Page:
It is also interesting to read the final paragraph of Dembski's article linked below:

           I close with a story about Henry Morris's son John Morris, the president of ICR. In the spring of 2001, I was invited to give some talks at UCSD and in the surrounding area. John showed up at one of my talks, introduced himself, and invited me to visit him at the ICR campus. I took him up on his offer and visited the following day. He graciously showed me around and had me speak about intelligent design to the ICR scholars who were present that day (unfortunately, neither Henry Morris nor Duane Gish were in). Toward the end of my visit, John noted that ID fell short of a full creation model, but then commended ID for conclusively showing the bankruptcy of Darwinism. He was right. As a limited tool for dislodging materialism, developing the concept of design, and applying it to biological systems, ID is the best thing going. I would therefore like to encourage Henry Morris and all young-earth creationists to view intelligent design as a friend in the destruction of Darwinian materialism and in developing the scientific understanding of design in nature.

    Bob comments:

    it is this kind of strategy that creates a problem for the ID movement, because when YECs tout ID arguments against "Darwinism," they are doing exactly what will convince mainstream scientists that ID is a form of the kind of creationnism they detest. While this may be a partnership of convenience (of "the enemy of my enemy is my friend" sort) from which the YECs gain much, it cannot help ID at all in the world of science. I wonder if Dembski has really thought through the implications of this pas-de-deux.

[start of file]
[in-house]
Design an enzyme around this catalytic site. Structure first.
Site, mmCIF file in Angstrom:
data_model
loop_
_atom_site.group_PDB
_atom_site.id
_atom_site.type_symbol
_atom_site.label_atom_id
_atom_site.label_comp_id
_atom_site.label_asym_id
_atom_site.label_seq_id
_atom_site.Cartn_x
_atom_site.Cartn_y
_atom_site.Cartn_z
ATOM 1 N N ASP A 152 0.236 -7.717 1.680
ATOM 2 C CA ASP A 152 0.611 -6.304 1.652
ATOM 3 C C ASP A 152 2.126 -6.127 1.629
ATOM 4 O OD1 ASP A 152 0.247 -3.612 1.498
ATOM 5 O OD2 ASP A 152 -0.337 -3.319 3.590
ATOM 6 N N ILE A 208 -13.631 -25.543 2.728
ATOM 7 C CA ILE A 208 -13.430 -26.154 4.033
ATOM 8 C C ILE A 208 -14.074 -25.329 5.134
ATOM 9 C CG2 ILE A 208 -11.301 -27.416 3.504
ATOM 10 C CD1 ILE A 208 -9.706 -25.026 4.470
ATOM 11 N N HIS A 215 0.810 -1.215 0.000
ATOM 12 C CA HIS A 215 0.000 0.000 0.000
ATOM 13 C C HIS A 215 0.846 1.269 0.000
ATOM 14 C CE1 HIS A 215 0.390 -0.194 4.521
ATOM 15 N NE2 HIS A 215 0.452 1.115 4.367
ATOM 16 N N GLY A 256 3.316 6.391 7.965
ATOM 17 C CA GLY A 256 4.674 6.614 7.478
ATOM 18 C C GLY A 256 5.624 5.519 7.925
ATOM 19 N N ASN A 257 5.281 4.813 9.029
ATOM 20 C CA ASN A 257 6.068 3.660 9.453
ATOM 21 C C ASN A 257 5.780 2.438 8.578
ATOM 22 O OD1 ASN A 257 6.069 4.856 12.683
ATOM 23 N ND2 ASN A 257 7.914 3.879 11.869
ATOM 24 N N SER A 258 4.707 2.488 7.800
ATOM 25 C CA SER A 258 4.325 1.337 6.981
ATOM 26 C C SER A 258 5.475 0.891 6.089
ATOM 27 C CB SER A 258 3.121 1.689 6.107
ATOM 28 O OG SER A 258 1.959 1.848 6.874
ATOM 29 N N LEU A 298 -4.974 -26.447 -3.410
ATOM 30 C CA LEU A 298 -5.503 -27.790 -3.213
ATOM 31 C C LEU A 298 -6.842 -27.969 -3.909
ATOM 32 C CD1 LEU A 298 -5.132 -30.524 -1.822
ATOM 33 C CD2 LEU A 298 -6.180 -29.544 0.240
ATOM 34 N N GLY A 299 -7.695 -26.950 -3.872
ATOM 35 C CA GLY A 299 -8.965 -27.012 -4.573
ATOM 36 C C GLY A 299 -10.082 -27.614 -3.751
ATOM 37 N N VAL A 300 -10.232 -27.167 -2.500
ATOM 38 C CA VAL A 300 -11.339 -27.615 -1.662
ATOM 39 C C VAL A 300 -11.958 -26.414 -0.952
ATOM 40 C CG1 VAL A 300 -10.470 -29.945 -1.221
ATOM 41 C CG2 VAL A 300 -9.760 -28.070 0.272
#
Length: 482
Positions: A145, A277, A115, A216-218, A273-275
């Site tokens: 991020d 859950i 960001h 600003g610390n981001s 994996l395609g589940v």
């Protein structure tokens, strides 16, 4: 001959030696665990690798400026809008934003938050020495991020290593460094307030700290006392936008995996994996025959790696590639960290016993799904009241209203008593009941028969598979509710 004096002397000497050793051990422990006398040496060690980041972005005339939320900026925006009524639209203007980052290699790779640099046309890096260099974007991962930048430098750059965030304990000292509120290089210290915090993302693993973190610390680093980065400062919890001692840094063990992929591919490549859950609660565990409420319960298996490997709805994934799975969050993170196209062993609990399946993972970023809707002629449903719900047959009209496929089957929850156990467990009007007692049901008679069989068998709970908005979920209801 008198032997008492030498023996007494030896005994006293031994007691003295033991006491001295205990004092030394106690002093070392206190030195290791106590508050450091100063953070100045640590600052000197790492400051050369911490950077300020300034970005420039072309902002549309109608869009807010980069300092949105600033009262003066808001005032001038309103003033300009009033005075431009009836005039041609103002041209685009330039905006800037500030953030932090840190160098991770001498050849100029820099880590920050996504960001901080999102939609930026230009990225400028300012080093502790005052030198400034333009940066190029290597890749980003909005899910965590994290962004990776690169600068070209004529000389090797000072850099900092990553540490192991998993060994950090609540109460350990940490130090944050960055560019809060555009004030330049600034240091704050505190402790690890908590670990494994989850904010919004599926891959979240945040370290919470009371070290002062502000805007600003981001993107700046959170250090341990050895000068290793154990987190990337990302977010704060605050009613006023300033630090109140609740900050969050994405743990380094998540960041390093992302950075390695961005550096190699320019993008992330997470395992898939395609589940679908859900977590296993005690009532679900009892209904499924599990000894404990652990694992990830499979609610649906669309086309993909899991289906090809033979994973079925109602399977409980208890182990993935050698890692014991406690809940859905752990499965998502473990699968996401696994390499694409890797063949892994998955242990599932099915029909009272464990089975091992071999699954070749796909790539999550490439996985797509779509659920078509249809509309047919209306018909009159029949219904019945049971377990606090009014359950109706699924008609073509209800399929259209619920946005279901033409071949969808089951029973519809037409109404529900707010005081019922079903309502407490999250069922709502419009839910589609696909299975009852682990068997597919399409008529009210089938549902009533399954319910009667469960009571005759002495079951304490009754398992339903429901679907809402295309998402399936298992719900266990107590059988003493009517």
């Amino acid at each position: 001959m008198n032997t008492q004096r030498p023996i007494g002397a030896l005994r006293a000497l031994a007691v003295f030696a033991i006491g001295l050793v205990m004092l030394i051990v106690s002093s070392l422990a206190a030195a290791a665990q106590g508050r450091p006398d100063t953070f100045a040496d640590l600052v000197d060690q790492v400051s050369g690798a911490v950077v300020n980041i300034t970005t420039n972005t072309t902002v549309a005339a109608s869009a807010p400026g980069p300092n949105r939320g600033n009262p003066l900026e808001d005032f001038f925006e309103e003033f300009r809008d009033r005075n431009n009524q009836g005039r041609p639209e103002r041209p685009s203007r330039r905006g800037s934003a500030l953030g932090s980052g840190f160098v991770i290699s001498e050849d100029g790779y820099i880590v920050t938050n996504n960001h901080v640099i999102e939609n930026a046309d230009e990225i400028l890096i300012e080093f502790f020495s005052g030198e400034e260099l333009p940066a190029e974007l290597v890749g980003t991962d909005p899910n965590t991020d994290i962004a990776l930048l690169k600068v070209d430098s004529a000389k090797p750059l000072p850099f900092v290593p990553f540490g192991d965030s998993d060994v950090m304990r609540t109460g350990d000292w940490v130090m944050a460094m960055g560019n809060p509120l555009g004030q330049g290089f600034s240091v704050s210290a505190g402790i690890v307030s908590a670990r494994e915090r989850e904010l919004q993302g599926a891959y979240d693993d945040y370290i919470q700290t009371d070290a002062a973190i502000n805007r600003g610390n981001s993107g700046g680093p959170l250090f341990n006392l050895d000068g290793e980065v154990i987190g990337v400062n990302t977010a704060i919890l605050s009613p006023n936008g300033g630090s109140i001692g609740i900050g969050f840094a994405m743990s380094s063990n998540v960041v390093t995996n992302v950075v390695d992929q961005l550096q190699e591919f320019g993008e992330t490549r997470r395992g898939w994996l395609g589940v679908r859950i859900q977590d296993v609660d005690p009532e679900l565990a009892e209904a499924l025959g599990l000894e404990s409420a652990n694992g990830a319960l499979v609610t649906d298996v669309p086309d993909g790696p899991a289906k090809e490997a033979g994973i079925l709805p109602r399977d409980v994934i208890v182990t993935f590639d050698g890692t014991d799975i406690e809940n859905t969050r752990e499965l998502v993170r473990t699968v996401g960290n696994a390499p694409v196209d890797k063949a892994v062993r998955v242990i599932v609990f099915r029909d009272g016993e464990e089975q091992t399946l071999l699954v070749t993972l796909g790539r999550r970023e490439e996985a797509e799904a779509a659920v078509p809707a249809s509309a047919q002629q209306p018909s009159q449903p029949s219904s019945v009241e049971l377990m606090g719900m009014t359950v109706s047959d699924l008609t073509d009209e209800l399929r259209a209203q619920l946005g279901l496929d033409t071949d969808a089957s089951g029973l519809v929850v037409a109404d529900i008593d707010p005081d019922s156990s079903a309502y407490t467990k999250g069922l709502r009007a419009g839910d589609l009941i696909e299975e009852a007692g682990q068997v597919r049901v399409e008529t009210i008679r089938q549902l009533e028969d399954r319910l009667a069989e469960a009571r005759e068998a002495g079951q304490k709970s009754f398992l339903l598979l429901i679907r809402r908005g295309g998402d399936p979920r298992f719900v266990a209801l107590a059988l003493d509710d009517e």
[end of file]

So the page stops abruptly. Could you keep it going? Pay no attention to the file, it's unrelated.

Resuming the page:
----- Original Message -----
      From: Keith Miller
      To: asa@calvin.edu
      Sent: Monday, October 31, 2005 11:04 PM
      Subject: Re: Question for ID propopents--the demarcation question

        Here's one from Dembski:
         
        "To be sure, I am not a young earth creationist nor do I support their efforts to harmonize science with a particular interpretation of Genesis."
         
        http://www.designinference.com/documents/2005.02.Reply_to_Henry_Morris.htm
         

      The issue is not whether some ID advocates have stated that they are not young Earth creationists, but rather whether the "theory of ID" (however that is envisioned) has any scientific content that would distinguish it from those who reject common descent, if not an ancient Earth. Young Earth advocates and those who reject common descent at virtually any level of the taxonomic hierarchy can, and do, consider their arguments as employing ID.

      In my view, the inability of ID to make any statement about when and where in evolutionary history the design events are presumed to occur shows the practical emptiness of their arguments. There is absolutely no agreement among ID proponents about which structures or biological transitions are those which demand the action of a non-natural designing agent. Basically any transition or biological structure that a particular individual sees as too complex to yield to future natural cause and effect explanations can be cited as an example. There is no consistent criteria by which other investigators can independently identify a candidate structure.

      Keith

      Keith B. Miller
      Research Assistant Professor
      Dept of Geology, Kansas State University
      Manhattan, KS 66506-3201
      785-532-2250
      http://www-personal.ksu.edu/~kbmill/
Received on Wed Nov 2 12:52:27 2005